Investors not happy with Cayman fund governance

| 13/10/2011

(CNS): A survey of institutional hedge fund allocators’ views on the issue of corporate governance in funds, decribed by the firm as comprehensive, has found that 63% of those who took part in the research were unhappy with governance in Cayman domiciled funds and want improvements. The report by Carne Group, a global investment firm, revealed that many of those interviewed who said they were happy said this was because of the due diligence and oversight that they carry out themselves. The report found 83% of investors rated fund governance as ‘extremely important’ and 91% of allocators said poor governance would cause them to avoid investing in a fund, even if it met performance criteria.

Over the spring and summer of 2011, Carne Group surveyed the largest allocators to hedge funds globally. The firm approached the top 100 allocators and received responses from allocators accounting for over $600 billion in allocations, approximately 30% of all hedge fund AuM. The research revealed that 87% of allocators said that governance had become much more of an issue since 2008.

Examining four jurisdictions, the Cayman Islands scored the lowest ‘happy’ rating in the report compared to Ireland and Luxemburg, where around 15% and 20% of respondents were unhappy. Around 45% or respondents said they were unhappy with the level of fund governance in the Channel Islands. The authors of the report found that, given a choice, respondents would like to be able to place additional reliance on Cayman fund boards but are currently unable to do so.

“By contrast to the Cayman Islands, allocators are extremely satisfied with governance in both Luxembourg and Ireland, with high approval ratings for both jurisdictions. Satisfaction with the Channel Islands was mixed,” the authors stated.

The report is particularly topical coming in the wake of the decision of Justice Jones in the Weavering case, in which directors Stefan Peterson and Hans Ekstrom were found to be guilty of wilful neglect.

Former CIMA chair Tim Ridley described the report as fascinating and said it underscores how increasingly important good governance and transparency are becoming in the hedge fund business and in the offshore arena generally. It highlights how investors and their advisors are exercising greatly enhanced scrutiny of the structure and governance of hedge funds.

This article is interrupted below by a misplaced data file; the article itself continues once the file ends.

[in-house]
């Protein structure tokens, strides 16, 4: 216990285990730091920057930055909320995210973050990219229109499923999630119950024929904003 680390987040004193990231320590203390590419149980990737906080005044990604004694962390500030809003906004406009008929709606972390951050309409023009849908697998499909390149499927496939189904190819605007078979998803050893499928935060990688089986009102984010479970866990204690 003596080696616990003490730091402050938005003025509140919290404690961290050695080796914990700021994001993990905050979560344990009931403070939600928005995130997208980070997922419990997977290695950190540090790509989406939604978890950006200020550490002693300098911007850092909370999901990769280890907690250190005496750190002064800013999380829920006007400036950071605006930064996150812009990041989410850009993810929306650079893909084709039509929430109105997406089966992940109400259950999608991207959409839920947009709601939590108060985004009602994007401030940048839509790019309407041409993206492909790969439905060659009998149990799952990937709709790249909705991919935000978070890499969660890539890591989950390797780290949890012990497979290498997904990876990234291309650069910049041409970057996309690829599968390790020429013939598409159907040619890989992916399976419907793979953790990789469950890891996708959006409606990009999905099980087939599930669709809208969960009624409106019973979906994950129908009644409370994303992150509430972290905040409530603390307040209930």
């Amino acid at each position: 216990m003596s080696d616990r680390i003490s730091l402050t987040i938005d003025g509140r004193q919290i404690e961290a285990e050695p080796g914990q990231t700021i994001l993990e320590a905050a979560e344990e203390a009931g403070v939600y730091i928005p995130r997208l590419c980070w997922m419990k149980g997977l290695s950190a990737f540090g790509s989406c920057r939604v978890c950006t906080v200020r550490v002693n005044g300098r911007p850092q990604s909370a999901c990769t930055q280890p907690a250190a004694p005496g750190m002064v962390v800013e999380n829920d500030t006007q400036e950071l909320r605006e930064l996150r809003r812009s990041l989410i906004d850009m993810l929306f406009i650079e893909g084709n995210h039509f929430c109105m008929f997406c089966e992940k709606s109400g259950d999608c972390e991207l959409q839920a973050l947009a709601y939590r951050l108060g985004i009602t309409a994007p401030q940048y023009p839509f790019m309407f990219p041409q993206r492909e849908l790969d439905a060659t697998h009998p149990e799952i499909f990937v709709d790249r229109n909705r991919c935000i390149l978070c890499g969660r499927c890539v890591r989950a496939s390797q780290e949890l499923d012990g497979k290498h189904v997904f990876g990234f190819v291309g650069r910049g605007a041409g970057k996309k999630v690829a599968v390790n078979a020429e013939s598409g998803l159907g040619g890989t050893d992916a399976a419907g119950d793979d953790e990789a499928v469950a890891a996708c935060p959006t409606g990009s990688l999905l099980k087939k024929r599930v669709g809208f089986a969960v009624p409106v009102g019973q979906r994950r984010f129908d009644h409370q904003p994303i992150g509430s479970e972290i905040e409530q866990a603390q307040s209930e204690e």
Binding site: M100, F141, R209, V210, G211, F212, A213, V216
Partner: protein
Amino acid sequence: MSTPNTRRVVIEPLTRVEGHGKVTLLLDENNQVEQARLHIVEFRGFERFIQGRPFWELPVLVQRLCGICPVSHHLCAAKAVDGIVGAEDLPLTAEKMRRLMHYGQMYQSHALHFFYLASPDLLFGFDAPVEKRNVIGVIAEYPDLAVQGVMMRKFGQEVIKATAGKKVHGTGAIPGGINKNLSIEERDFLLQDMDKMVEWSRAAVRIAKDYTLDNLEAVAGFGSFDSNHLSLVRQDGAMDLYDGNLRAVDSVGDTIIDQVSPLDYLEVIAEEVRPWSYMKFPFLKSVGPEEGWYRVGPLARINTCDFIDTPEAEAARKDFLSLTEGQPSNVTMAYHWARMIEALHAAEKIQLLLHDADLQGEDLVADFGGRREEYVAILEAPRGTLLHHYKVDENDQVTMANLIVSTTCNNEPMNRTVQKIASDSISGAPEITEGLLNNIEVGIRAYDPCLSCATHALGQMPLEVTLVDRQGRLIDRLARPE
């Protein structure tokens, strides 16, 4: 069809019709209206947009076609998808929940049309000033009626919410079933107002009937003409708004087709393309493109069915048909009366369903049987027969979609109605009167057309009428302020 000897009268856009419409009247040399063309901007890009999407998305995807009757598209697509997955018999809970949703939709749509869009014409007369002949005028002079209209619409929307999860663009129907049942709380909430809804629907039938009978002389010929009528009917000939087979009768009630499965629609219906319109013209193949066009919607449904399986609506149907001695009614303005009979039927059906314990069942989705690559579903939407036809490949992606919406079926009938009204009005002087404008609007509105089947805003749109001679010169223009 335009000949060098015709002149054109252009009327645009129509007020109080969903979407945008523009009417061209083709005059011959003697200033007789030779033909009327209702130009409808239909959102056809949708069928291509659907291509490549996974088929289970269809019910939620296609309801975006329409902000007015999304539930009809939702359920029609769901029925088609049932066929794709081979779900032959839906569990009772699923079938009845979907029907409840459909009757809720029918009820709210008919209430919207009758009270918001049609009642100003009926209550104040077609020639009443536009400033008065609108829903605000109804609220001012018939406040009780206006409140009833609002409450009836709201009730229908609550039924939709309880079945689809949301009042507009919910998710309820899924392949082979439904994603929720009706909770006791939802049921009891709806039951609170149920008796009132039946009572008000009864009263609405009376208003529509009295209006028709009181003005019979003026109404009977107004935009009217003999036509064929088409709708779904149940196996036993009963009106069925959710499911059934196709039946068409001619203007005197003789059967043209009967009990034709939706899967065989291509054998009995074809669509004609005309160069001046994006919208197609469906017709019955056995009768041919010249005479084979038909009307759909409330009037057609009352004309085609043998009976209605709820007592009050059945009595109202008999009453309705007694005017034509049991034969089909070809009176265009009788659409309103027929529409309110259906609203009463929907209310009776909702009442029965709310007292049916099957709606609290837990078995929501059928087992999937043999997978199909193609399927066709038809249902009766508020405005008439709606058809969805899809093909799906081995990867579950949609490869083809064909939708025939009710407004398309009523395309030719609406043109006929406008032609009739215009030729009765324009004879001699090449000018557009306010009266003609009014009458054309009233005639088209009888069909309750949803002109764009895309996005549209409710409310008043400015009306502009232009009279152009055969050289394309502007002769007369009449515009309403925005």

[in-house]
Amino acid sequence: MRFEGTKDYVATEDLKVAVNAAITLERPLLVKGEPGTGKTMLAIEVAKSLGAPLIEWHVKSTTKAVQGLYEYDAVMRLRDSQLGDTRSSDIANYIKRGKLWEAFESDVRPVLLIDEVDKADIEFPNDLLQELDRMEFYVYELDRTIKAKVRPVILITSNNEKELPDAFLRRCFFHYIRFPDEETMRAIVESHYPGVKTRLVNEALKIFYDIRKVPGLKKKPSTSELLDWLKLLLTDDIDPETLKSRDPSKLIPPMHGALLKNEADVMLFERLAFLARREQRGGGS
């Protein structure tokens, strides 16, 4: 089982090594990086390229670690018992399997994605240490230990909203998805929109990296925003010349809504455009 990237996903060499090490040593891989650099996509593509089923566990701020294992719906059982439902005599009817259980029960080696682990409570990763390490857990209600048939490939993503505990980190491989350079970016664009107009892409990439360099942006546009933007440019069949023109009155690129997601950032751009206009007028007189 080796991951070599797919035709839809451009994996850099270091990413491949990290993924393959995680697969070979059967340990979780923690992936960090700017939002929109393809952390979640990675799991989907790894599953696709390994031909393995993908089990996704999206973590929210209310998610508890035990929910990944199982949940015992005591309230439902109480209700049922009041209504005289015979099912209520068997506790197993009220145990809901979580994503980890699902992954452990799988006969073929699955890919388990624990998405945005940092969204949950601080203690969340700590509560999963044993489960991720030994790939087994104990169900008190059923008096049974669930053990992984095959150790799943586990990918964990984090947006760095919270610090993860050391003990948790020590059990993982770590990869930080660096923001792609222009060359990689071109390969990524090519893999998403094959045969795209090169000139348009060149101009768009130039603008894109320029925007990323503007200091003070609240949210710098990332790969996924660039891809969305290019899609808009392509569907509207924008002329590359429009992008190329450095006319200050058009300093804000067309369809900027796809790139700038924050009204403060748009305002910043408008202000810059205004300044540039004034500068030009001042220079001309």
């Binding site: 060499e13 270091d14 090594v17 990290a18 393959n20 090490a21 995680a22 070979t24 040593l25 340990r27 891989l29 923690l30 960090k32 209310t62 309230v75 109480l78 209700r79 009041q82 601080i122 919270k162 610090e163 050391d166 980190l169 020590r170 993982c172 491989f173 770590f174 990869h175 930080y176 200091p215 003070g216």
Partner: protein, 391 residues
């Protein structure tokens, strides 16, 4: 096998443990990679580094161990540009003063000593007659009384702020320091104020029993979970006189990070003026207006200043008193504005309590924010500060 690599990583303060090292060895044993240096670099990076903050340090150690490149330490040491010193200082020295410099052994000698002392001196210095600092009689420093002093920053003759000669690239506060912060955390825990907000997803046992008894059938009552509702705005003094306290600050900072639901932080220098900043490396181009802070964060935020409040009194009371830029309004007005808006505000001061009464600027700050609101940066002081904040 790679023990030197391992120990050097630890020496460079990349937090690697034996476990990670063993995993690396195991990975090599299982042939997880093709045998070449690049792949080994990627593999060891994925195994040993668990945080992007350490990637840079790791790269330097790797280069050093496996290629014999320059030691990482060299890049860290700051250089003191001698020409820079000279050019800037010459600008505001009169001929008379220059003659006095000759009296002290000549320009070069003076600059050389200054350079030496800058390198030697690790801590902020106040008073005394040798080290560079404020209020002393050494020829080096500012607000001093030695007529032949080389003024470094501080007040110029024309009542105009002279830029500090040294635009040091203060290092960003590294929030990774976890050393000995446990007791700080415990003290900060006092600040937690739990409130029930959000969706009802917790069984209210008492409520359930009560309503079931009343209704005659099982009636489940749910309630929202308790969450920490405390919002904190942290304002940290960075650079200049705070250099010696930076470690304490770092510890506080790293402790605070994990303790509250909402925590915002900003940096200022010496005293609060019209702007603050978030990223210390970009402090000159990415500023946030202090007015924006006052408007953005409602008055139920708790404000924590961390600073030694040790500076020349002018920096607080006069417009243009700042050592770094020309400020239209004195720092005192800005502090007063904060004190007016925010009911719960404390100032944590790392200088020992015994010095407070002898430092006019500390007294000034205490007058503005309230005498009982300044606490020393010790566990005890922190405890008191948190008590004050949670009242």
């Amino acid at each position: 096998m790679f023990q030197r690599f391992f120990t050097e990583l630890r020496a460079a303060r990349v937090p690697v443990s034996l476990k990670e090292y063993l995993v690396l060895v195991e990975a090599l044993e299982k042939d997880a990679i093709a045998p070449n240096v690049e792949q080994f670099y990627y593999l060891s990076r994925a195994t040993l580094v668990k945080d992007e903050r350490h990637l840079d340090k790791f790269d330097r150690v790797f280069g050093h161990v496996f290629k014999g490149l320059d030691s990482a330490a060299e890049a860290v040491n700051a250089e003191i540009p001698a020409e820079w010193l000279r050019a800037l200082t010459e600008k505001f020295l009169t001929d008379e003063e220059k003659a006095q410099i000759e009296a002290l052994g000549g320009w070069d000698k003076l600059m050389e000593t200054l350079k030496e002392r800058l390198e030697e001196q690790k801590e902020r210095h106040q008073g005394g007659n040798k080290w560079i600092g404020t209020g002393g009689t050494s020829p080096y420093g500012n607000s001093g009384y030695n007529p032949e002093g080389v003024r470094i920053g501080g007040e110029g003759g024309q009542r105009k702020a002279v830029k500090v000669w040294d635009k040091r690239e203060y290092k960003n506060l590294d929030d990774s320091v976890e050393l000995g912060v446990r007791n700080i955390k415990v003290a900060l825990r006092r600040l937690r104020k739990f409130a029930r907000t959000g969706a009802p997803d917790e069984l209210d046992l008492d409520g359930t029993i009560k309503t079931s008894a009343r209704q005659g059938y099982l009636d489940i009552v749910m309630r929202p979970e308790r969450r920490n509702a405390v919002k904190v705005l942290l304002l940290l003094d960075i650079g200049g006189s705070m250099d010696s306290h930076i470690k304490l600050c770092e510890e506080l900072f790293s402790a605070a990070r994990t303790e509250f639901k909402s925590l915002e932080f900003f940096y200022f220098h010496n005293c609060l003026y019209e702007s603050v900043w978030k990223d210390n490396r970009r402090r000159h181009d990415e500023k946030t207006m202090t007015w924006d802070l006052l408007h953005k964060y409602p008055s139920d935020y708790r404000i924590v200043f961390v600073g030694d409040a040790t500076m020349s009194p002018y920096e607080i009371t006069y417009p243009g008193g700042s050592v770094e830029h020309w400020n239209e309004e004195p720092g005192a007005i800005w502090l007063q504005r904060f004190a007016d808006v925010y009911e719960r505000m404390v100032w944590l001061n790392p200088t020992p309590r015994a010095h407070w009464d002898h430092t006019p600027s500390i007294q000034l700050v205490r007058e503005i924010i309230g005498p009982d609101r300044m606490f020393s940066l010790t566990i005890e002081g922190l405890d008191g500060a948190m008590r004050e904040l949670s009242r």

“This scrutiny clearly extends to the role and performance of the directors,” Ridley noted. “This is to be welcomed. But one can quibble with the list of the institutions that participated — many of whom are clearly embarrassed by the 'ask no questions' Madoff related failures.”

Ridley also wondered to what extent these institutions and their clients would recognise the next shoe to drop. “If the limits on and performance expected from directors are to be as listed in the report, it is absolutely certain that there will be a significant shortfall in qualified and willing persons to serve as directors and the fees expected by those directors will dramatically increase," he warned.

The report also revealed the problemof directors having too many directorships, a point raised frequently here in the Cayman Islands. The authors found that allocators overwhelmingly agree that the issue of the number of total directorships held by certain independent directors must be addressed. The leading concern, the report said, was that independent directors sitting on fund boards simply have too many directorships, particularly in the Cayman Islands.

Chris Johnson, MD of Chris Johnson Associates, who has often pointed to this issue, said Carne should be commended for taking the initiative to do the research and for preparing such a concise, topical report.

“It sheds light on the perceptions of investors on directors in the Cayman Islands and three competing jurisdictions. Notwithstanding that Cayman was adjusted the least palatable jurisdiction with regard to the thoughts of investors on directors of Cayman funds, it is clear that their main concerns extend to the number of directorships held by each individual and the relationship between the management and the directors.”

The report found that almost 60% of the investors felt that one individual should not hold more than 20-30 directorships, whilst over 30% felt the number to be 30-40 directorships.